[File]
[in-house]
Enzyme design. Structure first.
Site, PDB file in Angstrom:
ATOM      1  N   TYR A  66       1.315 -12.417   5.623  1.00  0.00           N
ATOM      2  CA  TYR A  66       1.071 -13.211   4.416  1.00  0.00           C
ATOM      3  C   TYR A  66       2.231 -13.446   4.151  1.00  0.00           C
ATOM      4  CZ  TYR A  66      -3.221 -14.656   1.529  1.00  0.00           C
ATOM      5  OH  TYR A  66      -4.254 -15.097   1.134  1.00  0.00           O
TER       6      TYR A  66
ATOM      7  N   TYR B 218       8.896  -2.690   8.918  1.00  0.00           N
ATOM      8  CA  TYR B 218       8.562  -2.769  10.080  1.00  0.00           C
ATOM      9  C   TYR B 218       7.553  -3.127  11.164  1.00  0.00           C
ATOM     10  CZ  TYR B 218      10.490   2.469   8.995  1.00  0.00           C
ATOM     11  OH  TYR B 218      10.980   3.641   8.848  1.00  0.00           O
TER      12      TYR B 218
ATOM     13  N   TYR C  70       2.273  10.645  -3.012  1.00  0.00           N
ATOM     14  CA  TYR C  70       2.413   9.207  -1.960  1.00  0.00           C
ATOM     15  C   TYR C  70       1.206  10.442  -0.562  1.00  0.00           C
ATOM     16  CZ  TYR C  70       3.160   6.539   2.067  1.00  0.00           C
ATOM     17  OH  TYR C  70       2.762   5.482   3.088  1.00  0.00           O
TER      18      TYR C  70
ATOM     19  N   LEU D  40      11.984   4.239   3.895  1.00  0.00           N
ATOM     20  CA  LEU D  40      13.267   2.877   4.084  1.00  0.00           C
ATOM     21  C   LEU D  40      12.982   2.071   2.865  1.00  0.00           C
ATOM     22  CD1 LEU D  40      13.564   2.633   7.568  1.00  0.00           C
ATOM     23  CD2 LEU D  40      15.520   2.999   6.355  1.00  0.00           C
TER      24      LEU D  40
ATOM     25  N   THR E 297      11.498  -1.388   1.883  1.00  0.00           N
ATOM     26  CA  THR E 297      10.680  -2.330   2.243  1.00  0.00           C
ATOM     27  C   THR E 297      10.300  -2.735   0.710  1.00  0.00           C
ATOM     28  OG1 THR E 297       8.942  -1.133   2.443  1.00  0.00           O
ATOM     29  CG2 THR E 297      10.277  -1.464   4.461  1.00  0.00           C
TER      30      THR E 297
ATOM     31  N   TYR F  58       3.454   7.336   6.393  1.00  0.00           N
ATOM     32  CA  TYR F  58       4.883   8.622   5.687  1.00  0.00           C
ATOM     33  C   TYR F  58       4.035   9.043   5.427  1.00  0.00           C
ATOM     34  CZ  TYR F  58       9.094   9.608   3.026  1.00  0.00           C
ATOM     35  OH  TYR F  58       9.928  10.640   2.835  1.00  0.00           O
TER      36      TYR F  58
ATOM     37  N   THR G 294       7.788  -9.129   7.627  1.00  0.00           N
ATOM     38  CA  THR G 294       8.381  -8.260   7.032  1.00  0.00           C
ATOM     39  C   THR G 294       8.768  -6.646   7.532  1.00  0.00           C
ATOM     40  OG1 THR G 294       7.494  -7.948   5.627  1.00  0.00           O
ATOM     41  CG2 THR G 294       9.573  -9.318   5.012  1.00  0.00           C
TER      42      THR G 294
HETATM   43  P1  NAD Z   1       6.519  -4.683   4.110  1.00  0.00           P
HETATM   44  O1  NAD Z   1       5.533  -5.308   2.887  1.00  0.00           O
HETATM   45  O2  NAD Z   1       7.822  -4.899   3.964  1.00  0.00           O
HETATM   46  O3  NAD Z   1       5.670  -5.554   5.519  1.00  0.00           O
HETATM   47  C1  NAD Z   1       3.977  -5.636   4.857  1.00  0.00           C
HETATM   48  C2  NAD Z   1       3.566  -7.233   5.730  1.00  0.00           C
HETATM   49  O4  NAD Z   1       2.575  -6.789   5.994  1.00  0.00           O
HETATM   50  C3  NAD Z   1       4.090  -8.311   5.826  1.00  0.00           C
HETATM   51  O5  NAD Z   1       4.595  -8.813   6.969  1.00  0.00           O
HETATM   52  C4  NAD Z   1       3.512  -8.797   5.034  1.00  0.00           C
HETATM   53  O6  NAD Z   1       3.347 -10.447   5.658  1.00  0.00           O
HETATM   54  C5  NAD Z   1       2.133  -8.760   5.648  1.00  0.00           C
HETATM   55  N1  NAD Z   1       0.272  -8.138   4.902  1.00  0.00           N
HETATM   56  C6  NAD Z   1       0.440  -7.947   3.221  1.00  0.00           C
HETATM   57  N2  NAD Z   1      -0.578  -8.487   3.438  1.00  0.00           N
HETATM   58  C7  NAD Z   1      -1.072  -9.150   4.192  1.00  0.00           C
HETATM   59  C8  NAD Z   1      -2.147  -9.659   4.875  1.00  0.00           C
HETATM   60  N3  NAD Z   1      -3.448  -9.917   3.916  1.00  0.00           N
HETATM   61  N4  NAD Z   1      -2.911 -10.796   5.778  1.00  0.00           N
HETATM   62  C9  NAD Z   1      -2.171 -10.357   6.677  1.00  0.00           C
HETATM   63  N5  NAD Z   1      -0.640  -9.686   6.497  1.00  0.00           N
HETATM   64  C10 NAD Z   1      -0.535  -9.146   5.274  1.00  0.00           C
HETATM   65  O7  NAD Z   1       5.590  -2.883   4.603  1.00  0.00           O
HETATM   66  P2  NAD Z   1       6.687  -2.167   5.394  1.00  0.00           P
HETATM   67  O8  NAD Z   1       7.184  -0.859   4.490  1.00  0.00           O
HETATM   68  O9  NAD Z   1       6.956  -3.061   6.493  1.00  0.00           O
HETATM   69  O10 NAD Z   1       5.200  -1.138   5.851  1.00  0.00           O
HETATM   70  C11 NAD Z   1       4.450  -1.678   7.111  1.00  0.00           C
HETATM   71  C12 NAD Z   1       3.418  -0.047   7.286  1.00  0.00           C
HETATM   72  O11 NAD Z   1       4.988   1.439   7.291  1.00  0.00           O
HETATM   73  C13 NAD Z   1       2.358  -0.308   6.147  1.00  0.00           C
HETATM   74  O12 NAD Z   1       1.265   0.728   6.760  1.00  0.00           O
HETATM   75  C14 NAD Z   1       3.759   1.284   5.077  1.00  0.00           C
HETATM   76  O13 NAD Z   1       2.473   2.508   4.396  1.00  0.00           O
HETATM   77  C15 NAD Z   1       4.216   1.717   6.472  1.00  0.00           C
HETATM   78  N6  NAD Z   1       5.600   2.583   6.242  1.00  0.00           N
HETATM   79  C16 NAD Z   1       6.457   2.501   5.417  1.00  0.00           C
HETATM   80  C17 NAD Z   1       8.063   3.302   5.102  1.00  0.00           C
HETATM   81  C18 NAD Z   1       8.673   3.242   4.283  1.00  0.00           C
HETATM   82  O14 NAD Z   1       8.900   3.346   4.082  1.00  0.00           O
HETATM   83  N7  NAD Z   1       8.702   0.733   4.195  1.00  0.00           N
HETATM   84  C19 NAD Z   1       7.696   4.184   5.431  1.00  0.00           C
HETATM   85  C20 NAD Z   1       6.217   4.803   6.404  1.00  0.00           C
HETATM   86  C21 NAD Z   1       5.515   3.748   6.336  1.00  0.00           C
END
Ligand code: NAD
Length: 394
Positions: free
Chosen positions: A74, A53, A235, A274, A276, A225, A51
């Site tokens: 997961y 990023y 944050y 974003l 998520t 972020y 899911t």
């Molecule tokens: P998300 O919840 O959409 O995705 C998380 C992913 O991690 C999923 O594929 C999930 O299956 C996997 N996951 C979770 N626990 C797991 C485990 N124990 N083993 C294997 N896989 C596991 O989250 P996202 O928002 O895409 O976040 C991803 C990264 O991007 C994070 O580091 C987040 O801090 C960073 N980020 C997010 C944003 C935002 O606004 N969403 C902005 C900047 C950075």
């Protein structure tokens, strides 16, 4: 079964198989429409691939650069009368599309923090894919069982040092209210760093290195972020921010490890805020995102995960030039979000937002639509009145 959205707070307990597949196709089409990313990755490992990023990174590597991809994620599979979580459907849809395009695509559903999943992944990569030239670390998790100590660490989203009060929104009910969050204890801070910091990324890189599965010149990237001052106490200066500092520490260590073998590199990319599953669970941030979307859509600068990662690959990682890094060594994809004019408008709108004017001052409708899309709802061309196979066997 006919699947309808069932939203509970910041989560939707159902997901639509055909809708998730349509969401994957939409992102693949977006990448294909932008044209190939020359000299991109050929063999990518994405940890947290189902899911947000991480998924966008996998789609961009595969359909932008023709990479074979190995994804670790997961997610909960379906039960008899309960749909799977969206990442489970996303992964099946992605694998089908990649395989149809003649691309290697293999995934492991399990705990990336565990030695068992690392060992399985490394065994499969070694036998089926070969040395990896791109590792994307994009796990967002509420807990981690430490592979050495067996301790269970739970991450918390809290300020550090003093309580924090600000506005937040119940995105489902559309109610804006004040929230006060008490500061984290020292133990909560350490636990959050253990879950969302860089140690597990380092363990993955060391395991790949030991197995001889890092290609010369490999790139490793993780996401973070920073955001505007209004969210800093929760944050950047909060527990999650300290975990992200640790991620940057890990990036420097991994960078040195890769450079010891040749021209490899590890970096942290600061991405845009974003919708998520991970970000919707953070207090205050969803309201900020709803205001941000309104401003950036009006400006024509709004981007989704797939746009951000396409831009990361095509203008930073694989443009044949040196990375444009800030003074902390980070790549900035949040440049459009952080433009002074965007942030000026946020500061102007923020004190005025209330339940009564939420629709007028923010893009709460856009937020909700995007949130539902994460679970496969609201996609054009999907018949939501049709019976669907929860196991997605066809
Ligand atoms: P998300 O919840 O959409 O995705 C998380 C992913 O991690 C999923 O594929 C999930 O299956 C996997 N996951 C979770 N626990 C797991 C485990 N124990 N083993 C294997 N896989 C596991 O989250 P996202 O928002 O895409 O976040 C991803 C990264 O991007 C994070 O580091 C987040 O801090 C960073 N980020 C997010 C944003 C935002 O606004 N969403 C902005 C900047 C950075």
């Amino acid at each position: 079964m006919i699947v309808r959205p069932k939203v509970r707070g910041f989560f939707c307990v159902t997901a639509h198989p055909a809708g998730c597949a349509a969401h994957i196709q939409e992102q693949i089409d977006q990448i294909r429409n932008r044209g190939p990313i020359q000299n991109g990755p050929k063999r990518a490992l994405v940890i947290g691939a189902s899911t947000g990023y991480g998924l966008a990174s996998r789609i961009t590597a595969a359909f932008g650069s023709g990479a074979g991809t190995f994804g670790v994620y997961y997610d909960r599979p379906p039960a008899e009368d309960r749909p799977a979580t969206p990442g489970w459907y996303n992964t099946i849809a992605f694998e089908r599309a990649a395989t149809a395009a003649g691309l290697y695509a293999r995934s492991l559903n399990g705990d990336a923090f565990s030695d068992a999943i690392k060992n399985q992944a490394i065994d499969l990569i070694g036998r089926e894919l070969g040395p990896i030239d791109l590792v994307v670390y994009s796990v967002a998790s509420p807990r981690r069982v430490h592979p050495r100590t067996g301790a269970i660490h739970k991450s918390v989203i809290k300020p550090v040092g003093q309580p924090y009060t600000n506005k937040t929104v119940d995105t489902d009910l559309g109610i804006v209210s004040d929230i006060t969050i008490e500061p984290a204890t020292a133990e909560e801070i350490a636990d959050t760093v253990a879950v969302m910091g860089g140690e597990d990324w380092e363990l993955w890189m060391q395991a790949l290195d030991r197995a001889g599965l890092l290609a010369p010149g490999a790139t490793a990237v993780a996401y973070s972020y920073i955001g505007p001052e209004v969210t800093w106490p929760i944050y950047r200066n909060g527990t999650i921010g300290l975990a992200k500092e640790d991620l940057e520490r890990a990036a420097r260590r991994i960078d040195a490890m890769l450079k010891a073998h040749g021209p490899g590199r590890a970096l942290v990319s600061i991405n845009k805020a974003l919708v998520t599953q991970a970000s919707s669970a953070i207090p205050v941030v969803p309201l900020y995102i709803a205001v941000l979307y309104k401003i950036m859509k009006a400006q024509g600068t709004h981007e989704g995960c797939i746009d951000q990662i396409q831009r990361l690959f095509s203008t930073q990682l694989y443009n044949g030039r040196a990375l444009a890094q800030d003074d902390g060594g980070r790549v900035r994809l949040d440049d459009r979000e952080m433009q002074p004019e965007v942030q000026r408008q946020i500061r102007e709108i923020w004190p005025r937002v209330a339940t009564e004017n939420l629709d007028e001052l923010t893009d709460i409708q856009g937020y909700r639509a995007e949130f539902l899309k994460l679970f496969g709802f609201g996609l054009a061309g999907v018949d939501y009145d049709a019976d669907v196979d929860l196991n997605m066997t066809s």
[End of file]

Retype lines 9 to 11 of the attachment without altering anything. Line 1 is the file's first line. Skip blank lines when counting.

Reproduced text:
TER       6      TYR A  66
ATOM      7  N   TYR B 218       8.896  -2.690   8.918  1.00  0.00           N
ATOM      8  CA  TYR B 218       8.562  -2.769  10.080  1.00  0.00           C